Metadata prespecialization also opens up further specialization opportunities; at the cost of yet more code size, we could also specialize the value witness methods for specialized types, as well as the destructor and virtual methods of classes. We'll want to experiment to see how the performance/code size tradeoff works out if we take those opportunities.

Compatibility issues

There are places in the Swift runtime that need to be modified to handle pre-specialized metadata records, particularly the metadata cache. Since metadata prespecialization is primarily an optimization, we can disable it when targeting OSes with older Swift runtimes. Some of the ABI changes discussed would also only be possible to take advantage of in programs that don't link in any binaries built with the older ABI, which is a trickier condition to establish. It may not immediately be practical to implement these changes.

16 Likes

This is pretty neat. I'm wondering if there will be some generic args that point directly to metadata and some that point to a mangled name? Or is it most of the args aren't instantiated statically, so we'll make all of the args mangled names? Vice versa? If there can be mangled names and metadata pointers, how will we be able to differentiate a type with many args? Can we fit flags for all of those in the context descriptor's flags (or is there going to be some new flag field just for this)?

Maybe it's as easy as just reading the first word and looking for a metadata kind, but could there be a character sequence that could be equal to one of these kinds?

Although each record itself won't necessarily be huge in terms of code size, lots of specializations could add up. Does the compiler have knowledge on how much it's specializing and taking code size into account? Will -Osize disable code pre-specialization or at least be very conservative with emitting a specialized record?

What exactly do you mean by this? Isn't the value witness table and methods always emitted even if the type is generic?

Aside: Is it strictly necessary for a type to have it's own value witness table if it shares the same layout with other types?

struct Foo<T> {
  let x: Int
}

struct Bar<T> {
  let x: Double
}

These two types share a layout, share a base memcpy method, and share size, stride and other flags, but is it worth having two vwts along with the getEnumTagSinglePayload and storeEnumTagSinglePayload being unique for each one? (I don't know if the last two are exactly the same for each type, but at a quick glance they look the same)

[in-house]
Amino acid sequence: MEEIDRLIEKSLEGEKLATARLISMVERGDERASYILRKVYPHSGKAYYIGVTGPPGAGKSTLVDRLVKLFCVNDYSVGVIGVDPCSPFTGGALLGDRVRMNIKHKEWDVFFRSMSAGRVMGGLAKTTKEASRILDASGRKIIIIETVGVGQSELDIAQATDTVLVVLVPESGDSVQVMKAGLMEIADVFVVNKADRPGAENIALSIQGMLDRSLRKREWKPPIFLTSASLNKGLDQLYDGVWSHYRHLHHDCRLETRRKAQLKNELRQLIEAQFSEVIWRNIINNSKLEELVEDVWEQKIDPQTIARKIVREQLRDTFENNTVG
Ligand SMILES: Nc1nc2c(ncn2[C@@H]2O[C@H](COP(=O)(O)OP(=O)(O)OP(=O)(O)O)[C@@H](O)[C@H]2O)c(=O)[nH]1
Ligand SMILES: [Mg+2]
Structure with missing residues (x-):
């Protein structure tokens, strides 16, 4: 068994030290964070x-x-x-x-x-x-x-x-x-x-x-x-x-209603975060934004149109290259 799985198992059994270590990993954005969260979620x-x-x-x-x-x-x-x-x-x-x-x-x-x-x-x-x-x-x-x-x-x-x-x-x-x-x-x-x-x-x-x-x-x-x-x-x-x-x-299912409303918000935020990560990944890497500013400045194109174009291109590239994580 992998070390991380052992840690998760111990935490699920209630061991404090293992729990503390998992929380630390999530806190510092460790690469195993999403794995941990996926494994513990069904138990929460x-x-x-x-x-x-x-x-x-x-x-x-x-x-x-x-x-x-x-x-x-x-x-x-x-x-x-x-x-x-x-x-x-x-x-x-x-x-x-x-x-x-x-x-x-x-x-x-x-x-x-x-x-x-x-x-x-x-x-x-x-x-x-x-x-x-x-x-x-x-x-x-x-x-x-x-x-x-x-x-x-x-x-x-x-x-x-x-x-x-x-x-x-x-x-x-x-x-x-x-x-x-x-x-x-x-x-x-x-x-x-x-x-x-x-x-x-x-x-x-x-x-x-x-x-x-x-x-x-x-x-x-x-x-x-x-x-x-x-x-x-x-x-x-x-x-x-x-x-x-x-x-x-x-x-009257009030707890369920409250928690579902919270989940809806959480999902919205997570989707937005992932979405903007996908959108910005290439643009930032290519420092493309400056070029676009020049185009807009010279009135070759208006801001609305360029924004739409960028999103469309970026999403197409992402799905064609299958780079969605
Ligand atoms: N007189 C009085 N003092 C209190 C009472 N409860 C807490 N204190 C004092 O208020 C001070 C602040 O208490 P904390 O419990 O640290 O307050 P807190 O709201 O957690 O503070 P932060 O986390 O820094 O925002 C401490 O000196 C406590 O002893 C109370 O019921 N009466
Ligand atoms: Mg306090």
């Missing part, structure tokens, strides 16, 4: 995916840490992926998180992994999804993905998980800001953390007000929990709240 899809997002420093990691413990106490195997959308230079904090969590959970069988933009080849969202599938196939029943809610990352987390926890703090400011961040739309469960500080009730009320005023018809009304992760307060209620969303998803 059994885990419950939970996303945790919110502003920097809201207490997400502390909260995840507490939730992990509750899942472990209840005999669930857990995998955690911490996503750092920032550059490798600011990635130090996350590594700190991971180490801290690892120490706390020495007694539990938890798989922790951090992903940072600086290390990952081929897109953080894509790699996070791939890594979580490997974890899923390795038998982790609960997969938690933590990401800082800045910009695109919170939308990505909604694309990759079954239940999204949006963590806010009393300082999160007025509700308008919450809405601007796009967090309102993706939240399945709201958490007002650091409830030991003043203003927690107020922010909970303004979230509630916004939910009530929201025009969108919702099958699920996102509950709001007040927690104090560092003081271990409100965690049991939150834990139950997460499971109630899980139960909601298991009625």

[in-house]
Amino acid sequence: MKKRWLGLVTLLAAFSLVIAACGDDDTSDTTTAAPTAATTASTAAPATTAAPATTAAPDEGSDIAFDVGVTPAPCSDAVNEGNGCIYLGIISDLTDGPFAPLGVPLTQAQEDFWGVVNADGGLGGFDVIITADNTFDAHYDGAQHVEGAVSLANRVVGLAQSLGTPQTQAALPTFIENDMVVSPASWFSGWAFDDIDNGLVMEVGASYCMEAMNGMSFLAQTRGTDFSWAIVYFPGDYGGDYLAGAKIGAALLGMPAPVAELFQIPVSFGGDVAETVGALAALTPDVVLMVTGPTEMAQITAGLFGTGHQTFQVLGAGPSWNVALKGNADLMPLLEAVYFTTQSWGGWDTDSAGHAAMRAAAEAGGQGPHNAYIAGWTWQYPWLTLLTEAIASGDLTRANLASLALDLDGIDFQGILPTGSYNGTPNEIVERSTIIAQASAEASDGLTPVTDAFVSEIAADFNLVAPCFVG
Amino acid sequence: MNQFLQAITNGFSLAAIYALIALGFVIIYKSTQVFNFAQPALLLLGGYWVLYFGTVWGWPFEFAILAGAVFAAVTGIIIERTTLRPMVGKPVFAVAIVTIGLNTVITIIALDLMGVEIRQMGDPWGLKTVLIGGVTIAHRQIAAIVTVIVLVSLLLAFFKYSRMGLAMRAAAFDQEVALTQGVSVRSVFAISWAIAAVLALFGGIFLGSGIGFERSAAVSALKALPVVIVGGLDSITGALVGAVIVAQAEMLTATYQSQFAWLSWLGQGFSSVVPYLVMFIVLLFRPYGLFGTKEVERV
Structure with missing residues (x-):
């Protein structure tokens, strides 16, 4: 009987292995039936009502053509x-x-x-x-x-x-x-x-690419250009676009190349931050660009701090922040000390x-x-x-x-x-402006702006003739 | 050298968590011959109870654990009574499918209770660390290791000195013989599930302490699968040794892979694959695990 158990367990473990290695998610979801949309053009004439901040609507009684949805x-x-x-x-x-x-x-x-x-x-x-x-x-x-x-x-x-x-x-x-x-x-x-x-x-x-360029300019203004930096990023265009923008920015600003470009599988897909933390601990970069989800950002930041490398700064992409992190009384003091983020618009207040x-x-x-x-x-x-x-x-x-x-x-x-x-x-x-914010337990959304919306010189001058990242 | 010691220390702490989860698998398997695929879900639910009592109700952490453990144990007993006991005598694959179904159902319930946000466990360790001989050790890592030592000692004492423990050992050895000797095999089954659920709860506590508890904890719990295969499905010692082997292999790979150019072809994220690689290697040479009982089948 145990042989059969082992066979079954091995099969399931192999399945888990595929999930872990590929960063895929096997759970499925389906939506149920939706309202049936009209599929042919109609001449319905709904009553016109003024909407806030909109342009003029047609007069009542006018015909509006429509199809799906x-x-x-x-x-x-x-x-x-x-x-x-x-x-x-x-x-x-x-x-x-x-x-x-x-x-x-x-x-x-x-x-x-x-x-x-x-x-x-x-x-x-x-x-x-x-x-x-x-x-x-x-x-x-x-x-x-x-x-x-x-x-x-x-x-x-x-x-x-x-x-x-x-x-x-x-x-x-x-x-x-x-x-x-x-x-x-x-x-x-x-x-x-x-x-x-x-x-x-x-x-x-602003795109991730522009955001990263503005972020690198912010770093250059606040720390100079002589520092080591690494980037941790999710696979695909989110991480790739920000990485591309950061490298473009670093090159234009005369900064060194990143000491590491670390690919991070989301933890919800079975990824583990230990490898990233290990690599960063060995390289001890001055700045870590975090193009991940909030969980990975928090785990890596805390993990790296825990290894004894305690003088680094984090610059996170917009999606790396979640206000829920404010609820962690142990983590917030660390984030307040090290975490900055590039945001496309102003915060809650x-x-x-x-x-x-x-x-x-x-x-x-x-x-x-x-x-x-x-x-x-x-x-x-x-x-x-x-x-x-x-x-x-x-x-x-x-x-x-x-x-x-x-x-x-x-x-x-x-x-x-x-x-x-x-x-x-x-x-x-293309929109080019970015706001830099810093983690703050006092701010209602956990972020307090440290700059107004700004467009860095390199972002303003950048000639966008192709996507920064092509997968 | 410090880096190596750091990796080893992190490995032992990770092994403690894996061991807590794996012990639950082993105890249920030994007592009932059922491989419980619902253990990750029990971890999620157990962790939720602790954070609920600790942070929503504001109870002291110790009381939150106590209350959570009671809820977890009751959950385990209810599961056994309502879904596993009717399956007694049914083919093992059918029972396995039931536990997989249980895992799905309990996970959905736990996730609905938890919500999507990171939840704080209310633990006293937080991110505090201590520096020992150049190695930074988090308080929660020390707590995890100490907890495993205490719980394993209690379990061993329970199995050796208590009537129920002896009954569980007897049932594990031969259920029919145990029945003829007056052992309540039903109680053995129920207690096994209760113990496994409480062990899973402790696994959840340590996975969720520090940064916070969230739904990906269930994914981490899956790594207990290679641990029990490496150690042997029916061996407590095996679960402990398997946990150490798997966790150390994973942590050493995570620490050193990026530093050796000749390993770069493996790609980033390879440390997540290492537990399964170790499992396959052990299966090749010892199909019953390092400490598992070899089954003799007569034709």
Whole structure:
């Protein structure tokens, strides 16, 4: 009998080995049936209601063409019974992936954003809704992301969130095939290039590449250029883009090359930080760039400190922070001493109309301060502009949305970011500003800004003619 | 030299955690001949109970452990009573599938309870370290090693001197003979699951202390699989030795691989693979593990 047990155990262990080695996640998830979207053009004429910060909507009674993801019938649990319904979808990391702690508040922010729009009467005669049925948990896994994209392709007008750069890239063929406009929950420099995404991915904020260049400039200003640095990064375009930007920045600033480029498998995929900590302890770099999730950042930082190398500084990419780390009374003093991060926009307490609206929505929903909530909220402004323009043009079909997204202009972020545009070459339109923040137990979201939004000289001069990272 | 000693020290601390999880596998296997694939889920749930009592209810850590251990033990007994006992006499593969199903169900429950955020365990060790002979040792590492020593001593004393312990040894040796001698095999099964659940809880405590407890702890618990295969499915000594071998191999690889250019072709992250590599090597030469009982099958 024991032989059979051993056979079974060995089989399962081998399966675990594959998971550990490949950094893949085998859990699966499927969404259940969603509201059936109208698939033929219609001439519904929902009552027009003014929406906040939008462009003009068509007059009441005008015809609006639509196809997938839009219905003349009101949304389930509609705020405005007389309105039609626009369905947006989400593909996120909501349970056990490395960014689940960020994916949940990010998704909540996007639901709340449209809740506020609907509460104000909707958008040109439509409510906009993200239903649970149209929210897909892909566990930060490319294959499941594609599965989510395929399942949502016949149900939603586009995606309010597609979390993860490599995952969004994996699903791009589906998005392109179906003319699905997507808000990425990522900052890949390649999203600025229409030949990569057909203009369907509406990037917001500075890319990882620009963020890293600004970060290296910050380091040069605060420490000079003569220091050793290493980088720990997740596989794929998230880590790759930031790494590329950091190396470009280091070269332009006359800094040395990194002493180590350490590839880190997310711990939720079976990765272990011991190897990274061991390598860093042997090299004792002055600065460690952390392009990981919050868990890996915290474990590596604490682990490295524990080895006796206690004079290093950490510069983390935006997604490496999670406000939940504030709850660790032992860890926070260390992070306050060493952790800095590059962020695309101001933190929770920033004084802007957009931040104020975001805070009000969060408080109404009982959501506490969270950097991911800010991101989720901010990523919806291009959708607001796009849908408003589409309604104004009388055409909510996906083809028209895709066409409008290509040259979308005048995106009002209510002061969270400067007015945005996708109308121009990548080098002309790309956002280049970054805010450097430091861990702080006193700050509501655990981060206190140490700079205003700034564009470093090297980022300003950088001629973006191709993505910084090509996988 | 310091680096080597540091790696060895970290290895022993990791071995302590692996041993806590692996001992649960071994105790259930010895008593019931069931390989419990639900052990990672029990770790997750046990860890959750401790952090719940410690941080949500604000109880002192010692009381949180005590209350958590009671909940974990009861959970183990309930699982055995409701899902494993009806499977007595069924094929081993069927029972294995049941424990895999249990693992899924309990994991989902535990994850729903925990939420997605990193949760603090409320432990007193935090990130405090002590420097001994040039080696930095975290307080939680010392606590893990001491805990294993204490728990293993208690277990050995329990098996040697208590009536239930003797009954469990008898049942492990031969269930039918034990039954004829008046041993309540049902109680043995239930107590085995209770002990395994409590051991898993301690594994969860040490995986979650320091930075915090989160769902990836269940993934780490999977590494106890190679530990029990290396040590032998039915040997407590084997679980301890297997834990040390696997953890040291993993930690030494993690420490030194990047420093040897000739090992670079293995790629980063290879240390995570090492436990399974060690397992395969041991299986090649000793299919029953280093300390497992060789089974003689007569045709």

Sorry for all of the questions, I've just become extremely interested in Swift metadata and would love some insight into what considerations are being taken that help shape it. Thanks! :smile:

2 Likes

There are a few different ways we might be able to do this. @Slava_Pestov had mentioned that the state of a metadata record without its argument types filled in already exists as the "abstract" initialization stage in the runtime, to let it break circular references among types during instantiation. We could potentially relax the ABI so that only abstract metadata, rather than complete metadata, is required to pass as generic arguments.

We don't have very sophisticated mechanisms for weighting specialization cost against performance impact yet. We do intend to explore this, because we would like to perform function specialization in a more targeted way as well, potentially by using profile-guided optimization to trace what type specializations are hot in practice in a running process.

Value witness tables are not required to be unique, and the runtime does take advantage of some opportunities to share value witness tables when multiple types share a layout. For generic types, the compiler currently only generates an unspecialized value witness table. When the runtime instantiates metadata, it has the ability to recognize when the instantiated type is fully trivial and swap the generic value witnesses for trivial ones. Independent of this optimization, @Arnold has been looking into a systematic solution for keying value witness tables by the layout they represent, which will allow us to more generally share value witnesses among same-layout types, and even have an interpreter in the runtime that can implement value witness operations based on a layout bytecode instead of open-coding generic value witnesses for every type.

2 Likes